There's a guy, I think he's French but I won't hold it against him...his name's Pierre Menard, and he gets this idea to write the Quixote. The thing of it is, Cervantes already wrote it. Menard doesn't let that stop him, of course, or there would be no story.
And what a story it is. I think. Is it a story?
Menard is, apparently, deceased. He was a novelist and left behind a body of work appreciated by the narrator, who provides us with a list of those works publicly known (for example, a "handwritten list of lines of poetry that owe their excellence to punctuation" [which I absolutely love]). Of more interest to the narrator, however, is Menard's unpublished work; namely, Menard's Quixote.
Not Cervantes. That part's important. Menard didn't set out to recreate or copy Cervantes's work. He intended to write Don Quixote as himself. In other words, it's a story about context. The narrator isn't so much presented in the best light. He's kind of petty. Though, in the end, he declares that "Menard has (perhaps unwittingly) enriched the slow and rudimentary art of reading by means of a new technique--the technique of deliberate anachronism and fallacious attribution...This technique fills the calmest book with adventure. Attributing the Imitatio Christi to Louise Ferdinand Celine or James Joyce--is that not sufficient renovation of those faint spiritual admonitions?"
This summary really doesn't do it justice.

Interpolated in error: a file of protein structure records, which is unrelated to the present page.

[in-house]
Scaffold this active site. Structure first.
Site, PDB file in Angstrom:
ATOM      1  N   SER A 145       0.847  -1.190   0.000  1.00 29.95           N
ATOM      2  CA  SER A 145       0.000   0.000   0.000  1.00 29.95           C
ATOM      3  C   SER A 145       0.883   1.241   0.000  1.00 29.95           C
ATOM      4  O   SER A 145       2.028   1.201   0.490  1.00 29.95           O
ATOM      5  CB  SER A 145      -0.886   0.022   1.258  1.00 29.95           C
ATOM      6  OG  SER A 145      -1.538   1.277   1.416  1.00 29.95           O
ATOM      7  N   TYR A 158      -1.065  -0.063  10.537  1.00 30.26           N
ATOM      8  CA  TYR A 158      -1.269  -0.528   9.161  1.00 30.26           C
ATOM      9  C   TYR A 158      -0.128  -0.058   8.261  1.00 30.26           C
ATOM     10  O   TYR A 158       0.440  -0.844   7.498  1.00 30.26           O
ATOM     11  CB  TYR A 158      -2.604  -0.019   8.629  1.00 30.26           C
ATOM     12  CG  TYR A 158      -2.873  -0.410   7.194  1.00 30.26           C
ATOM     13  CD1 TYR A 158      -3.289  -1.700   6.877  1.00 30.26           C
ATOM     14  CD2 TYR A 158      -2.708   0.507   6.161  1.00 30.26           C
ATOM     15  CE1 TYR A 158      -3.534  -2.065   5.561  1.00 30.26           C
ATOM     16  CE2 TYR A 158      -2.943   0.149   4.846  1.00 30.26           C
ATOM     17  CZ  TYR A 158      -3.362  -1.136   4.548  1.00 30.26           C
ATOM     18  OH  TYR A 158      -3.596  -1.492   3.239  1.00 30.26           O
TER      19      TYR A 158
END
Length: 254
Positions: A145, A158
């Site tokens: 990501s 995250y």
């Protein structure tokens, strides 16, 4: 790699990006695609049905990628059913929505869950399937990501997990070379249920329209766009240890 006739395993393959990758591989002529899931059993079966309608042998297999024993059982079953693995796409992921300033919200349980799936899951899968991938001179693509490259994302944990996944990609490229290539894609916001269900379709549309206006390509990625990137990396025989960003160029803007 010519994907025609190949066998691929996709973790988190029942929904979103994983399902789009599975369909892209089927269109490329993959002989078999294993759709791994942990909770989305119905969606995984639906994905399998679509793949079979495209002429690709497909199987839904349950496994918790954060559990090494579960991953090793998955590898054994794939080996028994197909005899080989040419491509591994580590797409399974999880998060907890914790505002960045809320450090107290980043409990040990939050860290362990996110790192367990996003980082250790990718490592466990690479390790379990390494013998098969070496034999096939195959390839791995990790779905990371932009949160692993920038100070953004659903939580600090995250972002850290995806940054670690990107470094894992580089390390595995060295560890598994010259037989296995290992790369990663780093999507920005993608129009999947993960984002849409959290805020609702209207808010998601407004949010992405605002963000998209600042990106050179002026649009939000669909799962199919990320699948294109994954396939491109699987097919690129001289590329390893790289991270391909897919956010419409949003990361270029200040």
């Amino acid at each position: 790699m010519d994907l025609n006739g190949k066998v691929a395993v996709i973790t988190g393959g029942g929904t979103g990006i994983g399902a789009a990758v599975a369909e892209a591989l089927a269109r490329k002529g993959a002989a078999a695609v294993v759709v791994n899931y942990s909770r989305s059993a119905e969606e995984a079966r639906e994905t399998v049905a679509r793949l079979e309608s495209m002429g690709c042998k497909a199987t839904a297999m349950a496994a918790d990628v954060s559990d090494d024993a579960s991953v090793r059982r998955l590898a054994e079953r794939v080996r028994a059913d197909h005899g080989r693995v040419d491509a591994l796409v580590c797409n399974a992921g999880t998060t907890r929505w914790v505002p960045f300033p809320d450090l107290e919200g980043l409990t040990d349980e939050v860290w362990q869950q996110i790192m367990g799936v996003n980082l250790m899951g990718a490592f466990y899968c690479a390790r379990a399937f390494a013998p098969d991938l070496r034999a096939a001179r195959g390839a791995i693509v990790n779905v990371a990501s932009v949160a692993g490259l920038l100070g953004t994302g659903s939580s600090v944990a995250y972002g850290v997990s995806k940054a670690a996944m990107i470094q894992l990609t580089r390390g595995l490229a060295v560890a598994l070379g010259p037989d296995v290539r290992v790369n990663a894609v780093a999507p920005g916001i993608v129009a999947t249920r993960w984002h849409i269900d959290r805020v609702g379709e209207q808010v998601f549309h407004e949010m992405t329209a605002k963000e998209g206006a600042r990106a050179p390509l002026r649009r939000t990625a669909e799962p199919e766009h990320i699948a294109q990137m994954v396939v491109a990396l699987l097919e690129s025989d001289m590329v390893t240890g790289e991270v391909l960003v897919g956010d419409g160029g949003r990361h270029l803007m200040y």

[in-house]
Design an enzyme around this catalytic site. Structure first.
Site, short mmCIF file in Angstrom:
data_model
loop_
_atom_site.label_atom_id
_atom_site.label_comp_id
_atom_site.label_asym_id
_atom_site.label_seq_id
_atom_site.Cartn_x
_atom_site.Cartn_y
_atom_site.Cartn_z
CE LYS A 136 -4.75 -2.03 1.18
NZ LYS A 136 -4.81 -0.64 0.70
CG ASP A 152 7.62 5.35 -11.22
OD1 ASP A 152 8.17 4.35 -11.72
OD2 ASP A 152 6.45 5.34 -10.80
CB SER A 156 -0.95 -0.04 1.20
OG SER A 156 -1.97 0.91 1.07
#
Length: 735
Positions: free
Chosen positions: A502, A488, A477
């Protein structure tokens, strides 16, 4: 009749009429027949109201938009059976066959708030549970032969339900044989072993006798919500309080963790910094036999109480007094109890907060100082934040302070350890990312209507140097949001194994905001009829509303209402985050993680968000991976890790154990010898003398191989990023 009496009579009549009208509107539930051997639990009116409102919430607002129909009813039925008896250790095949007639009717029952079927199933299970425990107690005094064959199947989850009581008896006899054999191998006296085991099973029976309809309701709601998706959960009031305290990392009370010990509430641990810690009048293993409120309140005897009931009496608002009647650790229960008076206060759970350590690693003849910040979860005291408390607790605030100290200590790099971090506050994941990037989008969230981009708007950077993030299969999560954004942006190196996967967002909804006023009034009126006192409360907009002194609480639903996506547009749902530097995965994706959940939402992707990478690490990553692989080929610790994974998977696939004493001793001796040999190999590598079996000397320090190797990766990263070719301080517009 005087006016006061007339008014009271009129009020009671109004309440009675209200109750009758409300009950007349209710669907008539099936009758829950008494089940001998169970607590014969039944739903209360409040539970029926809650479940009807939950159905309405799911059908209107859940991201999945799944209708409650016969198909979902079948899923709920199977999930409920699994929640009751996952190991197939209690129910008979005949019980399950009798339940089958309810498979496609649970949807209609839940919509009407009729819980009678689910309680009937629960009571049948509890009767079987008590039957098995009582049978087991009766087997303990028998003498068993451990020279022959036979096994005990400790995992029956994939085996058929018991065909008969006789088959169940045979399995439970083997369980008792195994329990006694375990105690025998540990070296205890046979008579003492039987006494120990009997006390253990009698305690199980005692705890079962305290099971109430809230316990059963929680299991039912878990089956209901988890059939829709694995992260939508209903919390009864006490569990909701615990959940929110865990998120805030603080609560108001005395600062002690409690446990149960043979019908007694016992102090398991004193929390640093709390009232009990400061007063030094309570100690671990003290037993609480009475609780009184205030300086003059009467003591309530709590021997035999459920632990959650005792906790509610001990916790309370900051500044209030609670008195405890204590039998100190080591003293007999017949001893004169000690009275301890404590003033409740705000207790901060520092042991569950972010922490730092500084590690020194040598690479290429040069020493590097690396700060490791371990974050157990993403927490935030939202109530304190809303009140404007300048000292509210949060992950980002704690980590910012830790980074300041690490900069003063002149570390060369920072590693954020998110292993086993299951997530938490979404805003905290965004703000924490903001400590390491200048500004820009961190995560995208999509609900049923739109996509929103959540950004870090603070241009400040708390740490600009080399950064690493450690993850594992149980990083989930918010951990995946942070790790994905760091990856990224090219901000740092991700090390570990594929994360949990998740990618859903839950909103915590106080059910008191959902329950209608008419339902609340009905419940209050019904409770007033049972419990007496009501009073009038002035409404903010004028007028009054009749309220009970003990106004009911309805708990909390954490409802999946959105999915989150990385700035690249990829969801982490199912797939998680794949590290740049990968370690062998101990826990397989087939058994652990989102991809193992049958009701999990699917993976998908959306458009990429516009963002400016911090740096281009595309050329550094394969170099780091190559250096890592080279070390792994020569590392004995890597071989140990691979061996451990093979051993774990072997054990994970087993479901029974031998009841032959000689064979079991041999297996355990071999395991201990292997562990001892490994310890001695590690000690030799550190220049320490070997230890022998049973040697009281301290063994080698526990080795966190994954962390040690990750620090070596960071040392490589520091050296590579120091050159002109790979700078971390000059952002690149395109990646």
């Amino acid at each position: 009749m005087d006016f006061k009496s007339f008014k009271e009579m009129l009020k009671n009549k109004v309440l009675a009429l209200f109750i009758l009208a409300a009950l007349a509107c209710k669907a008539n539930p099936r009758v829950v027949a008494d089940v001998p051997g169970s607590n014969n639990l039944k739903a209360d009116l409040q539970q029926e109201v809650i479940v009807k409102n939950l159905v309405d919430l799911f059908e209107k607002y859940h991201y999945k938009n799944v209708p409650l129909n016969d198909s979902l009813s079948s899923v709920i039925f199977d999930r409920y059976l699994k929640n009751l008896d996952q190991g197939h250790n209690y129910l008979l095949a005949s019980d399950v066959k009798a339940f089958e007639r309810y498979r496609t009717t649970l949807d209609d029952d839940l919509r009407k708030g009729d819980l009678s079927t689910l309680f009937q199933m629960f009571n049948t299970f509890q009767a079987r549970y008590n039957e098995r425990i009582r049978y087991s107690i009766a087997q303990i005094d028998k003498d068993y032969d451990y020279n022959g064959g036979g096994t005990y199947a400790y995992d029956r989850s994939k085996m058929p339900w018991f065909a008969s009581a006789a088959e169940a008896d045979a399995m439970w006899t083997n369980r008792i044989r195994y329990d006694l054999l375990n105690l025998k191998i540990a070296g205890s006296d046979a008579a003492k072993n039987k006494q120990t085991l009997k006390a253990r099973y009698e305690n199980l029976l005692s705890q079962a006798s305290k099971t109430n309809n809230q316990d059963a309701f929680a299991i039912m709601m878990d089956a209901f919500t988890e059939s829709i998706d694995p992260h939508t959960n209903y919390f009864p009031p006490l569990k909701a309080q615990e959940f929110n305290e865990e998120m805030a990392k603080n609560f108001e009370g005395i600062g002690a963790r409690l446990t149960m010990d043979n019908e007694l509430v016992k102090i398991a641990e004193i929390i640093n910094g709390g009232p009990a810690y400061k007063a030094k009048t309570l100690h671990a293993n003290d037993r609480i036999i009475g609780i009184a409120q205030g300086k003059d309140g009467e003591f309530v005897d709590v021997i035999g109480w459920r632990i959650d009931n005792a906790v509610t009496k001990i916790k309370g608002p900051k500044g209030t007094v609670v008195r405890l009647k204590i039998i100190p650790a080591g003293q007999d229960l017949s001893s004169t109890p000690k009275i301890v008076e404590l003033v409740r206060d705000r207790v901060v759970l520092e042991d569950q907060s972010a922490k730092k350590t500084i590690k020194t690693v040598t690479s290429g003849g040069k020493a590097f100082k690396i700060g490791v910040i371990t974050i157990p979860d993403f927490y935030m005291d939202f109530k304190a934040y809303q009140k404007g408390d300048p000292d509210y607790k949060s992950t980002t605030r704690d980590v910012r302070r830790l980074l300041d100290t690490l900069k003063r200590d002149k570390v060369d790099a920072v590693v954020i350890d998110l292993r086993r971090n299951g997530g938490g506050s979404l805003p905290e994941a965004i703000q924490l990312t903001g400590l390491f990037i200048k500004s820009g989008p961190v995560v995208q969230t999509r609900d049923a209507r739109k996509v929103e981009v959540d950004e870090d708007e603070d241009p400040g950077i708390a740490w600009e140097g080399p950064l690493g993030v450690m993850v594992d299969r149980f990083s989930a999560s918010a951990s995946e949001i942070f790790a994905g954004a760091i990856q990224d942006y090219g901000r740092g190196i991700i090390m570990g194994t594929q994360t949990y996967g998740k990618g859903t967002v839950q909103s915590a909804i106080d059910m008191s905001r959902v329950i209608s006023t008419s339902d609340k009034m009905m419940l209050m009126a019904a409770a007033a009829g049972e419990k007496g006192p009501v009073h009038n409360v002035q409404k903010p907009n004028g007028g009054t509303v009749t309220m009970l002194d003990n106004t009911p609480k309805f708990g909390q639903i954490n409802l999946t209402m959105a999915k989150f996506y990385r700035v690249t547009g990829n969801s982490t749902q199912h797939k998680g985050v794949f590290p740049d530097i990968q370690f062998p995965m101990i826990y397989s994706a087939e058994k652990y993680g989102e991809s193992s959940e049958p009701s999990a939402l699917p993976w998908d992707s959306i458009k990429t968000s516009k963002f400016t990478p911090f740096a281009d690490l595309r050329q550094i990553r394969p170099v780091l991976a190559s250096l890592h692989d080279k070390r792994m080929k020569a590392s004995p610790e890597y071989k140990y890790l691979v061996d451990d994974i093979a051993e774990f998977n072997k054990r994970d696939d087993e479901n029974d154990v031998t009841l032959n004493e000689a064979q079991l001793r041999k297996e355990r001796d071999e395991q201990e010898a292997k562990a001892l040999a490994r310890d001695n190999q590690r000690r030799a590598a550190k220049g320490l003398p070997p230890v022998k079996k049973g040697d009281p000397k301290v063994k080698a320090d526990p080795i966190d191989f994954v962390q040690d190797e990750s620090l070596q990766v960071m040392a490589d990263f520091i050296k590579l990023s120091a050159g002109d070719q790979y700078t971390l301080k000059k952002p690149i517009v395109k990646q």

Is "Pierre Menard" a story? There's no plot, per se. It's a sketch, fiction masquerading as non-fiction in the form of a description of a guy and his work, especially Menard's "Quixote," which Menard saw as not inevitable, like certain other works of Poe or Coleridge. Instead, it was contingent. Menard thinks of his recollection of Quixote not as a memory, but as "the equivalent of the vague foreshadowing of a yet unwritten book."
Here's what led up to this story: On Christmas Eve 1938, Borges was moving quickly up a flight of stairs. At this time his eyesight was already failing, and he hit his head on an open window, shattering the glass and gouging his head. The wound got infected, Borges was diagnosed with septicemia, subsequently hospitalized, and spent a few weeks convalescing. During this time, he developed a fever and sort of hallucinated. He began to doubt his sanity. Up to this point, Borges had written poetry and reviews of books and movies, for the most part. He'd penned a few short stories, biographies, and a short review of a book that didn't exist ("The Approach to al-Mu'tasim"). He hadn't really become internationally famous yet, and his career wasn't certain.
After recovering from septicemia, Borges wanted to know if he could still sustain concentration enough to write, and during his convalescence, he figured he should write stories. He wanted to try something new and unfamiliar to him so that, should it fail, he could blame his failure on its novelty to him. "Pierre Menard" was his first attempt. It was followed by "Tlon, Uqbar, Orbis Tertius," which takes the form of an entry from an encyclopedia that doesn't exist.
So why is this one of the best stories in the world? You've got to read it to fully understand.